Java 17 Sealed classes

In this article, we will explore sealed classes, a new feature introduced in java 17, how to declare and use them with examples.
Sealed classes were introduced in java 15 as a preview feature and in java 16, again as a preview feature. Finally, it is included as a feature in java 17 (JEP 409) .

Sealed classes
A sealed class allows you to restrict or choose its sub-classes. A class can not extend a sealed class, if it is not in the list of permitted child classes of parent class.

A class is sealed with the use of sealed keyword. A sealed class must be followed by permits keyword along with the list of classes that can extend it. Example,

public sealed class Device permits Computer, Mobile {


This declaration means that Device can only be extended by Computer and Mobile classes. If any other class tries to extend it, then it will be a compiler error.

A class that extends a sealed class must have either final, sealed or non-sealed keyword in its declaration.  This way, we have a fixed or known hierarchy of classes.

This is because by making a child class :
1. final means, that it cannot be sub-classed further.
2. sealed means, that we need to declare child classes with permits.
3. non-sealed means, that we are ending the parent-child hierarchy here.

As an example, Computer permits Laptop and Desktop classes, while Laptop keeps itself non-sealed.
This means that Laptop can be extended by classes such as Apple, Dell, HP etc.

Main goals behind the introduction of sealed classes are:
1. Till now, you can only restrict a class from being extended using final keyword. Sealed classes can control which classes can extend it by including them in permitted list.
2. This also allows a class to control which classes will be its children.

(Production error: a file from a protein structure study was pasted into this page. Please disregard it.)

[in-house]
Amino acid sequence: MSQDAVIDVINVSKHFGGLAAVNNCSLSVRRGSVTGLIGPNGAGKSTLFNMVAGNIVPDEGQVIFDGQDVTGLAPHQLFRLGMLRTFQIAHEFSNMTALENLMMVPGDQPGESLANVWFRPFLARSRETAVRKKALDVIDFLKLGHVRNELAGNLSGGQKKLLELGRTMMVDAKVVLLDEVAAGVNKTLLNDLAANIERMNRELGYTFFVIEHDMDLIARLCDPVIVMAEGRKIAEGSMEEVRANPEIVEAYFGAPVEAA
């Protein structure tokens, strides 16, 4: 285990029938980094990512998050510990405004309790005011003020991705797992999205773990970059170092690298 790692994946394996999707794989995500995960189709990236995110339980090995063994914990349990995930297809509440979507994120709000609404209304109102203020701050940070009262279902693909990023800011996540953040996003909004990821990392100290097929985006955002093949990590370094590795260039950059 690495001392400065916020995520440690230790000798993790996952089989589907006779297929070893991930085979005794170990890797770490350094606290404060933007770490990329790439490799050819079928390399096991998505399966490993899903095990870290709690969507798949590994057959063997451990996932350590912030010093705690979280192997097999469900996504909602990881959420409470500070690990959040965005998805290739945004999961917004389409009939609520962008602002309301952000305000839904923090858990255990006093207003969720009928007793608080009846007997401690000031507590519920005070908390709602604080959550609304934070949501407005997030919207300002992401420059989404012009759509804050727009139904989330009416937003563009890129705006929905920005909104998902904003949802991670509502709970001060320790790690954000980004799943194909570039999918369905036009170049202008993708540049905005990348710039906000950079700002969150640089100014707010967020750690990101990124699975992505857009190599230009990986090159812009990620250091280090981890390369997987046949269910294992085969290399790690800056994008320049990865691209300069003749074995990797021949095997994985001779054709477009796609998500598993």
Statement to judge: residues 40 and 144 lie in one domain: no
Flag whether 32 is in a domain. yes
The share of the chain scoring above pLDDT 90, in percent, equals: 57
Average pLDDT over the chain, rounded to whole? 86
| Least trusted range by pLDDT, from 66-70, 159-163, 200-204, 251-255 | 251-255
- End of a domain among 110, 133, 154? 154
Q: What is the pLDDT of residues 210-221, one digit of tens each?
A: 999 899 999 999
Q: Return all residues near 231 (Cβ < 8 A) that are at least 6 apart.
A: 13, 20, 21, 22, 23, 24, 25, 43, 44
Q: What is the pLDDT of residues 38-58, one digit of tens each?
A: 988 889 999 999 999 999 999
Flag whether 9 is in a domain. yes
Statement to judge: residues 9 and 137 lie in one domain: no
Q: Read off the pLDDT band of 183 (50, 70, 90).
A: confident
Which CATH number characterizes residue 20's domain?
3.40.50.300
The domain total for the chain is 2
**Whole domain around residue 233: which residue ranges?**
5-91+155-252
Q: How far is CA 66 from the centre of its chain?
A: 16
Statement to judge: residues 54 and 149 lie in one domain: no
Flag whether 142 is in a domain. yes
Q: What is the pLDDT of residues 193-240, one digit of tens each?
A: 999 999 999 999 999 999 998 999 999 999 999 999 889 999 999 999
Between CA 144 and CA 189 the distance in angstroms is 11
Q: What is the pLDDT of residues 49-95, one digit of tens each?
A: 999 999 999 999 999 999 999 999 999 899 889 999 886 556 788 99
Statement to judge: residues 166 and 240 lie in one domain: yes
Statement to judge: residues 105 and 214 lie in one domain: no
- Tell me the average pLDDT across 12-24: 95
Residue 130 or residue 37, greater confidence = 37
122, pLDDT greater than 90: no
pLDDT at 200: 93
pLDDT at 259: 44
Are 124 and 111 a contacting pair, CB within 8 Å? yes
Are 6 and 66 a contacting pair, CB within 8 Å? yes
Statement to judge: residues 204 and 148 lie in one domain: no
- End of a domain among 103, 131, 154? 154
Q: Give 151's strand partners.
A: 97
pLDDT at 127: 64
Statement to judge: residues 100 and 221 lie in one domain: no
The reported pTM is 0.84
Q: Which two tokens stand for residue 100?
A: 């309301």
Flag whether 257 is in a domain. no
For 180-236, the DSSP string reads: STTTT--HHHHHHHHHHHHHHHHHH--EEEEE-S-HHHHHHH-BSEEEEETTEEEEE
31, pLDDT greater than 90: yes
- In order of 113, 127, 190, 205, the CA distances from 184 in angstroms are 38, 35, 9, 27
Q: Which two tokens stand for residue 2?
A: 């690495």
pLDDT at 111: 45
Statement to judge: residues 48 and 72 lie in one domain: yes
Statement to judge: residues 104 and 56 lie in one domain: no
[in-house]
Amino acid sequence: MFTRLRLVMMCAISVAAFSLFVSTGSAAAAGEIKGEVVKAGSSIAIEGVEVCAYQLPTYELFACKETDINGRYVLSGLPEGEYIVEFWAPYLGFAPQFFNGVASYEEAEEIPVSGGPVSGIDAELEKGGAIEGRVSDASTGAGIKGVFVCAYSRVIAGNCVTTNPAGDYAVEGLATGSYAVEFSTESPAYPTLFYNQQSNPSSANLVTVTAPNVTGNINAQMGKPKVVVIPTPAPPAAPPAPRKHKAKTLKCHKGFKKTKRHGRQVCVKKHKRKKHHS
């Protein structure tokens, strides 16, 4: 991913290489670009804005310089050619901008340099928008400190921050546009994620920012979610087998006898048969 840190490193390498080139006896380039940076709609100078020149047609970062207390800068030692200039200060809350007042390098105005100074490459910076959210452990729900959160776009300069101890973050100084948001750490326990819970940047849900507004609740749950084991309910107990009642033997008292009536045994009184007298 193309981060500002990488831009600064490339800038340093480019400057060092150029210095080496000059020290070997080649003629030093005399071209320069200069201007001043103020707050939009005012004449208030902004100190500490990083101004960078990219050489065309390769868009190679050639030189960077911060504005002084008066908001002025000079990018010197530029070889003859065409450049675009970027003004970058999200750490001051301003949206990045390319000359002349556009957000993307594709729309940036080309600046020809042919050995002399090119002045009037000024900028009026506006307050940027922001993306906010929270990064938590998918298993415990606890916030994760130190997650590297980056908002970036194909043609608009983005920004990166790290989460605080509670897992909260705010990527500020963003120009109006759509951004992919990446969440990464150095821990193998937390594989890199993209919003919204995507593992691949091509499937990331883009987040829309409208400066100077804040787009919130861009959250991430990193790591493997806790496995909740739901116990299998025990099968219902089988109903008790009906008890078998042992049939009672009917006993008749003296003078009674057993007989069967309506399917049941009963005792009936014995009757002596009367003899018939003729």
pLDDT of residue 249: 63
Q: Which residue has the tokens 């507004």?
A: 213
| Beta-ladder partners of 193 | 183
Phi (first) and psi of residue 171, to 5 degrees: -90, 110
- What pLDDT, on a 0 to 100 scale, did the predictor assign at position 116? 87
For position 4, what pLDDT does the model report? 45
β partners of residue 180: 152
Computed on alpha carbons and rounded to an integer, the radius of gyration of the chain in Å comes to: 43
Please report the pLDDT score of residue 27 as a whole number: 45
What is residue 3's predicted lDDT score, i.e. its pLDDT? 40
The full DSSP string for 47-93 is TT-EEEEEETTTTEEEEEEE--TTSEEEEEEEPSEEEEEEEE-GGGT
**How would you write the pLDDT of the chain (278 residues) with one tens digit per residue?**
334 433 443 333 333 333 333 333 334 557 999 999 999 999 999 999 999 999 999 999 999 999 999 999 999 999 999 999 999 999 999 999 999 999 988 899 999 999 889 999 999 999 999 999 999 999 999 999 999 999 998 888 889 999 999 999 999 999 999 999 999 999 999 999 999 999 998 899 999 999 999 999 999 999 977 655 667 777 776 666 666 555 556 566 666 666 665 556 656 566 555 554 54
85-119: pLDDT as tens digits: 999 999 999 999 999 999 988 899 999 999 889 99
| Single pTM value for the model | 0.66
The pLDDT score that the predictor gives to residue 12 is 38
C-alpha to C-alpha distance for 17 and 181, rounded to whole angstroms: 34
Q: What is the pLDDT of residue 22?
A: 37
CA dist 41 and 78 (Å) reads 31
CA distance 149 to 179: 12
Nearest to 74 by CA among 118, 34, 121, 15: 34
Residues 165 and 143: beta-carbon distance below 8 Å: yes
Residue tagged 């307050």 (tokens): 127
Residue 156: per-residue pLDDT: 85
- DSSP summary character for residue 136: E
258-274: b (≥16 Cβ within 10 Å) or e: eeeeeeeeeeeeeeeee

Below are the things you need to remember while using sealed classes.

1. A sealed class must define the classes that may extend it using permits. This is not required if the child classes are defined inside parent class as an inner class.
2. A child class must either be final, sealed or non-sealed.
3. A permitted child class must extend the parent sealed class.
That is, if sealed class A permits a class B, then B has to extend A.
4. If sealed class is in a module, then child classes must also be in the same module or in the same package, if the parent sealed class is in an unnamed module.
5. Only directly permitted classes can extend a sealed class. That is, if A is a sealed class which permits B to extend it and B is also a sealed class that permits C.
Then C can only extend B, it can not directly extend A.

Sealed interfaces
Similar to sealed classes, interfaces can also be sealed. An interface may allow to choose its child interfaces or classes that can extend it using permits.
Same rules apply to interfaces as well. Example,

public sealed interface Device permits Electronic, Physical, 
   DeviceImpl {


Device interface allows Electronic and Physical interfaces to extend it and DeviceImpl class to implement it.
Sealed records
Sealed classes can be used with records introduced in java 16. A record can not extend a normal class, so it can only implement a sealed interface.
Further, a record is implicitly final. So, it can not use permits keyword since it can not be sub-classed. Thus, there is a single level hierarchy with records. Example,

public sealed interface Device permits Laptop {

public record Laptop(String brand) implement Device {


Reflection support
Java reflection provides support for sealed classes. Following two methods have been added in java.lang.Class:

1. getPermittedSubclasses()
It returns an array of java.lang.Class containing all the classes permitted by this class object. Example,

Device c = new Device();
Class<? extends Device> cz = c.getClass();
Class<?>[] permittedSubclasses = cz.getPermittedSubclasses();
for (Class<?> sc : permittedSubclasses) {

This prints


2. isSealed()
It returns true if the class or interface on which it is called is sealed.

That is all on sealed classes added in java 17. Hope the article was informative.

Liked the article ? Spread the word...